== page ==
|Publication number||US6087426 A|
|Application number||US 08/161,618|
|Publication date||Jul 11, 2000|
|Filing date||Dec 6, 1993|
|Priority date||Dec 6, 1993|
|Also published as||DE69427572D1, DE69427572T2, EP0657897A1, EP0657897B1|
|Publication number||08161618, 161618, US 6087426 A, US 6087426A, US-A-6087426, US6087426 A, US6087426A|
|Inventors||Jeffrey Hampton Helms, Edmund Joseph Blais|
|Original Assignee||Ford Global Technologies, Inc.|
|Export Citation||BiBTeX, EndNote, RefMan|
|Patent Citations (21), Non-Patent Citations (2), Referenced by (7), Classifications (10), Legal Events (5)|
|External Links: USPTO, USPTO Assignment, Espacenet|
This invention is directed to a solid, thermoplastic composition which is conductive to ions while being an electrical insulator. More particularly, the composition comprises a plasticized terpolymer of vinyl butyryl, vinyl alcohol, and vinyl acetate and alkali metal salt.
Liquid electrolytes have conventionally been used in electrochromic devices, batteries, sensors, and capacitors. Electrochromic devices comprise an assembly of parallel layers of materials including electrodes and therebetween an electrochromic material and an electrolyte. Upon providing a current across the electrodes, the electrochromic material changes color. Such devices have been suggested to moderate light transmittance in sunroofs or windshields. When liquid electrolytes are employed in electrochromic devices, there is the possibility of leakage of the electrolyte out of the device, the inherent difficulty of sealing the device, and the obvious lack of mechanical strength and adhesion of the electrolyte layer to the adjacent layer.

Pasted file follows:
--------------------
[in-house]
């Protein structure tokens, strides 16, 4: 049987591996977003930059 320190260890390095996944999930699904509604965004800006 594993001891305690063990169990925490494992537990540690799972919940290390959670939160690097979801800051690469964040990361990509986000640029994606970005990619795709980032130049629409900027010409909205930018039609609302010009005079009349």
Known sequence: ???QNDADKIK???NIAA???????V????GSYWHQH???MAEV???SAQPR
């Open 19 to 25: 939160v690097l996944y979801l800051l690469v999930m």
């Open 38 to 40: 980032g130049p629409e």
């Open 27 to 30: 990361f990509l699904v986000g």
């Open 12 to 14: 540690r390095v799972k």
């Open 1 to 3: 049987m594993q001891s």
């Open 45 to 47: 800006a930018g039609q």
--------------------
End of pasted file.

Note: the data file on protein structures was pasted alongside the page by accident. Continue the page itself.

Various solid electrolytes have been suggested for use in electrochromic devices. Solid electrolytes of complex halides are known, particularly iodides of silver with an alkali metal. Additionally, solid electrolytes may comprise aluminum compounds such as sodium beta-alumina and potassium beta-alumina. However, these electrolytes are all typically expensive to prepare and, in the case of the alumina compounds, could not be formed directly on components of an electrochromic device since they require very high processing temperatures. Because of the rigidity of solid materials, it is also difficult to assemble the component layers of an electrochromic device and achieve the intimate contact required between the solid electrolyte and the adjacent layers, particularly if the surfaces of the device are curved.
Such problems are minimized with polymeric electrolytes which are generally either extremely viscous liquids or tacky solids. It would be desirable, however, if the polymeric electrolytes were solids which could be formed into self-supporting films with a degree of flexibility to allow uncomplicated device fabrication.
One approach to forming such a flexible solid material involves copolymerization of polyethylene oxide and polypropylene oxide and results in systems having good conductivity at room temperature, but a markedly reduced ionic conductivity at low temperatures. Another approach to the formation of room temperature flexible solid polymer electrolytes includes forming materials having backbones of phosphazene and siloxane-based polymers with etheric side chains. These materials generally lack appreciable dimensional stability and must be chemically or radiationally cross-linked. In addition, the susceptibility of the Si--O--C bonds to hydrolysis and subsequent structural degradation constitute a severe problem unless moisture can be entirely eliminated.